The Elephant

There will always be something squicky, on the face of it, about pairing a rape victim with her rapist. There are some viewers who will never get past it. Just like Luke and Laura, it will haunt this couple until the end of their days. But in my opinion, by talking about it openly, it is now 95% less squicky than it was before. I have been willing to ship EJami if the story could pull me in. And I was impressed with the way they paved the way for EJami, and yet did not insult our intelligence.

They managed ameliorate the events of that night without totally rewriting history. They thankfully held back from the rewrite that some have suggested, that the rape be retconned as not rape at all, i.e., that she enjoyed it. They made it clear that he had not hurt her physically, made the thought of hurting her distress him, and left it at that. (However, by leaving the act itself in a little black box, they coyly allowed those who might wish to believe it that maybe Sami did enjoy it. That’s not me, however.)

They provided EJ with a different motivation. EJ said that he hoped that the act of finally having sex with him would make her realize she had feelings for him. We all know that this is not what EJ was shown to be thinking at the time; rather, he relished in her reluctance and distress, and enjoyed wielding power over her. So this is the biggest retcon, and it is also the most necessary. It is a semi-plausible sleight of hand, because even psycho EJ was shown having feelings for Sami. And more crucially, it subtly turns Sami into less of a victim. If he did what he did that night because he hoped it would make her care for him, she is the one with the power.

Especially since it didn’t work. Sami’s reference to how EJ “turned into such a sleaze afterward” was another sleight of hand, with just enough vagueness to let viewers read what they like into it. First, it was unclear what she was referring to. It could be simply the gloating and coarse humor from that night. Or it could refer to the whole of EJ’s bat shit crazy period. (Also, maybe, just maybe, by having Sami ask the question, there was the bare implication that if EJ had not turned into such a sleaze afterward, perhaps things might have been different between them—i.e., that EJ’s plan would have worked. Again, for those who wish to believe.)

By far my favorite aspect of this retcon was the reference to Sami’s rape of Austin. I loved how Sami told the story, specifically making the connection between her motivation then and EJ’s motivation now. She hoped that forcing Austin to sleep with her would make him realize that he loved her. And then the key: “Austin eventually forgave me. So what kind of person would I be if I couldn’t forgive you?” Sami’s rape of Austin has long been hashed over on message boards, and it was the perfect parallel to draw here. Not because her rape of Austin makes EJ’s rape of her more palatable, but because having been forgiven herself makes her forgiveness of EJ more palatable.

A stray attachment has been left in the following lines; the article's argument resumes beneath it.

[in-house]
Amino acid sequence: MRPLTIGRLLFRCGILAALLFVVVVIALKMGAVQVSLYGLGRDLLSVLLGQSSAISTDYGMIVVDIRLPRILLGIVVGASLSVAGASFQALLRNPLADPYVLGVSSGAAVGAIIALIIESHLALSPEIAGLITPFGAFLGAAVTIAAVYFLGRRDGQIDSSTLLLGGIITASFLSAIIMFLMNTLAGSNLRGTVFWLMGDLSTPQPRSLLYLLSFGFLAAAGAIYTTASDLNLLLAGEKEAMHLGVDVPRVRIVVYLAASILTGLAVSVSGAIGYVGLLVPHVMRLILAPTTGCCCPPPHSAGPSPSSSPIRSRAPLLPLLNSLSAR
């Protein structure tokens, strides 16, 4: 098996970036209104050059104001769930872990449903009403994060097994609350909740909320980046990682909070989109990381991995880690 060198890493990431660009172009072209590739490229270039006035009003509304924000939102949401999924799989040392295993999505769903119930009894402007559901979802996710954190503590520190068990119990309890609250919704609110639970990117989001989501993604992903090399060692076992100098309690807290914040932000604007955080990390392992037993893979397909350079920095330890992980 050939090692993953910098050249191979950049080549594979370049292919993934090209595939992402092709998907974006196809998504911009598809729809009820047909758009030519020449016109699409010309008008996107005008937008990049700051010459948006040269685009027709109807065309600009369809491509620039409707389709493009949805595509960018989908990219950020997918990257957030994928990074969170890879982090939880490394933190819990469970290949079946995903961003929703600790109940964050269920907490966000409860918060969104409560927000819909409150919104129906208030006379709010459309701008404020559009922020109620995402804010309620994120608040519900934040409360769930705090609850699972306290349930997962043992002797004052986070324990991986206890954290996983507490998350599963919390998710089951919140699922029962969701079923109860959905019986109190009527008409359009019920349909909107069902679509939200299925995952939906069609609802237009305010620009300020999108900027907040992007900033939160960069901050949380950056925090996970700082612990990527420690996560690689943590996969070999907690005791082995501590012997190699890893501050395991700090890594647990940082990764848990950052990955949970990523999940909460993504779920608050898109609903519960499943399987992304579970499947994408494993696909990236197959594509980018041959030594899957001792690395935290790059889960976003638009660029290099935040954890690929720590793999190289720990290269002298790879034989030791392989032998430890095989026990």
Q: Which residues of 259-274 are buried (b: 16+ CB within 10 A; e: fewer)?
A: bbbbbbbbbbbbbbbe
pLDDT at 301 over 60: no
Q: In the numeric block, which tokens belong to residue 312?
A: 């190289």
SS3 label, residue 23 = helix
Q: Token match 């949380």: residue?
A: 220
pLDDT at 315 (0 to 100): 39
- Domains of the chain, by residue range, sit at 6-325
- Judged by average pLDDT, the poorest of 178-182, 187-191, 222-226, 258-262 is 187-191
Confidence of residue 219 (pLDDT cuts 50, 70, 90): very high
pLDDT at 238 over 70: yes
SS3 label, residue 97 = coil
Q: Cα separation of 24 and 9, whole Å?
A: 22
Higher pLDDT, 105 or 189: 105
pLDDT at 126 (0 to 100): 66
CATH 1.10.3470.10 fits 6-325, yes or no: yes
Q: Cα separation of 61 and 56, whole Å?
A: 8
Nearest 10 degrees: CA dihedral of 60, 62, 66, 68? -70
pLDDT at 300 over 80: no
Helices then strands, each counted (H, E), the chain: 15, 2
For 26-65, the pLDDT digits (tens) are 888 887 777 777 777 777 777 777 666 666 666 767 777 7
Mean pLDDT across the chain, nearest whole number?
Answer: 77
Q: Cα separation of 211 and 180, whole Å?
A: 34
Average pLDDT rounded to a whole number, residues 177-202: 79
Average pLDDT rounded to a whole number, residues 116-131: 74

And, of course, it paves the way for this:

I did have to laugh at Sami’s flat statement yesterday that “I will never refer to this again.” If only we could get people on message boards to make the same pledge!


6 thoughts on “The Elephant

  1. Nice analysis. I agree with your point that Sami comparing her rape of Austin was key, not to let EJ off the hook but in order to explain why EJ could be forgiven, just as she was. But then, I love the subject of forgiveness.

    As for their first conversation, though, I was underwhelmed by it, mostly because I’m a literal-minded soul and for me any discussion of what happened that fateful night had to include an explanation of why Sami did not feel she could press charges. Yes, it’s due to my profession, but I wanted to hear them discuss the gun, and whether Sami could have left, and why she chose the option that she did. I can buy a whole lot more easily that EJ never saw this transaction as a rape (and that Sami was well aware a good defense lawyer could get EJ off), than I can that EJ was so madly in love with Sami that he resorted to desperate measures to “prove” it. That just isn’t what we saw at all. I can live with retcons but I don’t care for this one. I also still feel that the implication was that EJ changed his BSC behavior immediately or at least shortly thereafter out of shame and remorse, but that didn’t happen either. And I guess at this point we’ll never see anybody discover EJ being the one to imprison Lucas in the freezer truck.